Owned by Facebook, WhatsApp introduced a payment system in November last year, in partnership with India's National Payment Commission

New Delhi: WhatsApp is treating Indian users differently from Europeans over opting out of its new privacy policy which is a matter of concern for the government and it is looking into the issue, the Centre informed the Delhi High Court on Monday.

The central government told the high court that it was also a matter of concern that Indian users were being “unilaterally” subjected to the change in privacy policy by the instant messaging platform.

The submissions were made before Justice Sanjeev Sachdeva by Additional Solicitor General (ASG) Chetan Sharma during hearing of a petition by a lawyer against the new privacy policy of WhatsApp which is owned by Facebook.

At the start of the hearing, the court reiterated what it had said on January 18 that WhatsApp was a private app and it was optional whether to download it or not.

“It is not mandatory to download it. Every other app has similar terms and conditions regarding sharing of user information with others,” the court said and asked why the petitioner was challenging the policy of WhatsApp.

The court also observed that the Personal Data Protection Bill was being considered by Parliament and the government was looking into issues raised in the plea.

During the hearing, ASG Sharma told the court that by not giving Indian users the option to opt out of sharing their data with other companies of Facebook, WhatsApp prima facie appears to be treating users with an “all or nothing approach”.

“Insofar the government is concerned, while the privacy policy offered by WhatsApp to its European users specifically prohibits use of any information shared with Facebook companies for the companies’ purposes, this clause is not found in the privacy policy offered to Indian citizens who form a very very substantial part of WhatsApp’s user base.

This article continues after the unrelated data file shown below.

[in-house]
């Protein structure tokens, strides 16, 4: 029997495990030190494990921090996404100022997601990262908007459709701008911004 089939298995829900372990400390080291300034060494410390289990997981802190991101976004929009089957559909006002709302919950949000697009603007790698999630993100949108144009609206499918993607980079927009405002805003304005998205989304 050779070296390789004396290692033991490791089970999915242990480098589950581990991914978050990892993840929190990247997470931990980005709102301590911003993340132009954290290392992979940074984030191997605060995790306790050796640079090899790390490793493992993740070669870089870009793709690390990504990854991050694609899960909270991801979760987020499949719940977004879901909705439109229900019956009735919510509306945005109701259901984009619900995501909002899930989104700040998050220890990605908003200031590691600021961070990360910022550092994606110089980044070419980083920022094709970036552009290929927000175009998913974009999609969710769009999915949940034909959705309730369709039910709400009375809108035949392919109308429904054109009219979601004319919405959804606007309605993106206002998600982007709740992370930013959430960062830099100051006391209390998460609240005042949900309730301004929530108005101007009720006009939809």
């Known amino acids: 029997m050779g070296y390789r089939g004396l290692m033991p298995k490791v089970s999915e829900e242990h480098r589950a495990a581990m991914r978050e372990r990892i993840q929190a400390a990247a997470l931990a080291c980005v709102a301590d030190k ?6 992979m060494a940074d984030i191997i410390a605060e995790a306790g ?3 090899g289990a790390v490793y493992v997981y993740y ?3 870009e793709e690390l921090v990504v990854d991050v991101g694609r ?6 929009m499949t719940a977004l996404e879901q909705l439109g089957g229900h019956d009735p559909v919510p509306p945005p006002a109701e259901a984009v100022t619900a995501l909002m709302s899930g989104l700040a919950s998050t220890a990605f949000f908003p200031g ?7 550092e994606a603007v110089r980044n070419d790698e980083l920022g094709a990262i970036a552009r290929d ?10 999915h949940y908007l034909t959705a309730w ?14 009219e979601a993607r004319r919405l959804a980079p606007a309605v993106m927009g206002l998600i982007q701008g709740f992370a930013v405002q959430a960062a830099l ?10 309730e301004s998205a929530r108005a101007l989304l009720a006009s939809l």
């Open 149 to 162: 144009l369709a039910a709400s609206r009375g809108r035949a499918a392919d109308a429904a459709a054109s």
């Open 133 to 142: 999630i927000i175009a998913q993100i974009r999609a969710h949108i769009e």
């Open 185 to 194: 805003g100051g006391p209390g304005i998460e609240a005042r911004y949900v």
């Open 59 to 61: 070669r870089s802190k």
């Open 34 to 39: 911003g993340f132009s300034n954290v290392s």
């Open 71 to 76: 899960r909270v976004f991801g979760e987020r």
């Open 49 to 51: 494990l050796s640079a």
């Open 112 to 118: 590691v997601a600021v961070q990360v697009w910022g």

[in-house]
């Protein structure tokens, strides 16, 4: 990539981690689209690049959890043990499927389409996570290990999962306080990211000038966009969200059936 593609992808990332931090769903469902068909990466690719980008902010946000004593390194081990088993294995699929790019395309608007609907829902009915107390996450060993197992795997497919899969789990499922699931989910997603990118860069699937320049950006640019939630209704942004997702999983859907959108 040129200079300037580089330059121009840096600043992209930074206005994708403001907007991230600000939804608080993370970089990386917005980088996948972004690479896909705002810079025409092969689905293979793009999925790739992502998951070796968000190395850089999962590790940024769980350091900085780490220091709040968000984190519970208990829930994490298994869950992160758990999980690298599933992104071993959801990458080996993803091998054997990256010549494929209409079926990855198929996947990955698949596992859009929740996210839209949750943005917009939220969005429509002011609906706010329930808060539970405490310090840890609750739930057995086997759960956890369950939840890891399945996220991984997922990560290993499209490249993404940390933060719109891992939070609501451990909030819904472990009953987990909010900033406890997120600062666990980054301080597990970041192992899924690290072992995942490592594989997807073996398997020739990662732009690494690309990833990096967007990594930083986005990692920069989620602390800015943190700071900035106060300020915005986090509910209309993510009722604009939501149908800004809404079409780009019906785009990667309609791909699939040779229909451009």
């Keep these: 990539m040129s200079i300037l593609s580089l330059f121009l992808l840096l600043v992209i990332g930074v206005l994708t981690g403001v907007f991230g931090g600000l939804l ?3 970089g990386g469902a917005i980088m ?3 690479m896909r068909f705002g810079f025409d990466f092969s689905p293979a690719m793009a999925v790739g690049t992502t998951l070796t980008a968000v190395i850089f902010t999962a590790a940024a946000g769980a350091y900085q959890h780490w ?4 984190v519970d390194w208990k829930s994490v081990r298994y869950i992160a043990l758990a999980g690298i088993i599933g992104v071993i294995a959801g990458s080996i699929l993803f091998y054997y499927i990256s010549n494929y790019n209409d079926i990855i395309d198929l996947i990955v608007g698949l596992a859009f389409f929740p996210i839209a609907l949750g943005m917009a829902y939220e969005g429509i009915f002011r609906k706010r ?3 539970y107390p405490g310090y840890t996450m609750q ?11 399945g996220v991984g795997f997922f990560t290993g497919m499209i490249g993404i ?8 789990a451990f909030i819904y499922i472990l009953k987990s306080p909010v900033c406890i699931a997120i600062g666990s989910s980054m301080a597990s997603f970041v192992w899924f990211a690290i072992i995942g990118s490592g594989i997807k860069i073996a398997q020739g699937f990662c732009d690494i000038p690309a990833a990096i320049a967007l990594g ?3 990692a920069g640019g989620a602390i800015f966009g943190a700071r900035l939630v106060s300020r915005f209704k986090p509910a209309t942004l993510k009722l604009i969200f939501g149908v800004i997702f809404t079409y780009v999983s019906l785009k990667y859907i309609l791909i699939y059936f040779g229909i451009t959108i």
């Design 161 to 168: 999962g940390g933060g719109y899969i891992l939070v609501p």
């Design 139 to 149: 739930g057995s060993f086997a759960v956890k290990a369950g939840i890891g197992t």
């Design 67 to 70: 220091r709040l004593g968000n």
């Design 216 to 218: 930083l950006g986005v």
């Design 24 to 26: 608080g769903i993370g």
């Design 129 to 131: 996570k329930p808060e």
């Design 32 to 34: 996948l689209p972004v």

“This differential treatment is certainly a cause of concern for the government. It is also a matter of concern for the government that Indian users are being unilaterally subjected to the changes in the privacy policy,” the ASG told the court.

“This leverages the social significance of WhatsApp to force users into a bargain which may infringe on their interests in information privacy and information security,” he further said.

He also told the court that though the issue was between two private individuals — WhatsApp and its users — the scope and expanse of WhatsApp “make it a germane ground that reasonable and cogent policies are put in place which is being done by the Personal Data Protection Bill and discussions are very much on”.

Sharma said the government was already looking into the issue and has sent a communication to WhatsApp seeking certain information.

Senior advocate Kapil Sibal, appearing for WhatsApp, told the court that the communication has been received and will be responded to.

The court, thereafter, listed the matter for hearing on March 1.

The petition, by a lawyer, has contended that the updated privacy policy violates users right to privacy under the Constitution.

The plea has claimed that the new privacy policy of WhatsApp allows full access into a user’s online activity without there being any supervision by the government.

Under the new policy, users can either accept it or exit the app, but they cannot opt not to share their data with other Facebook-owned or third party apps.

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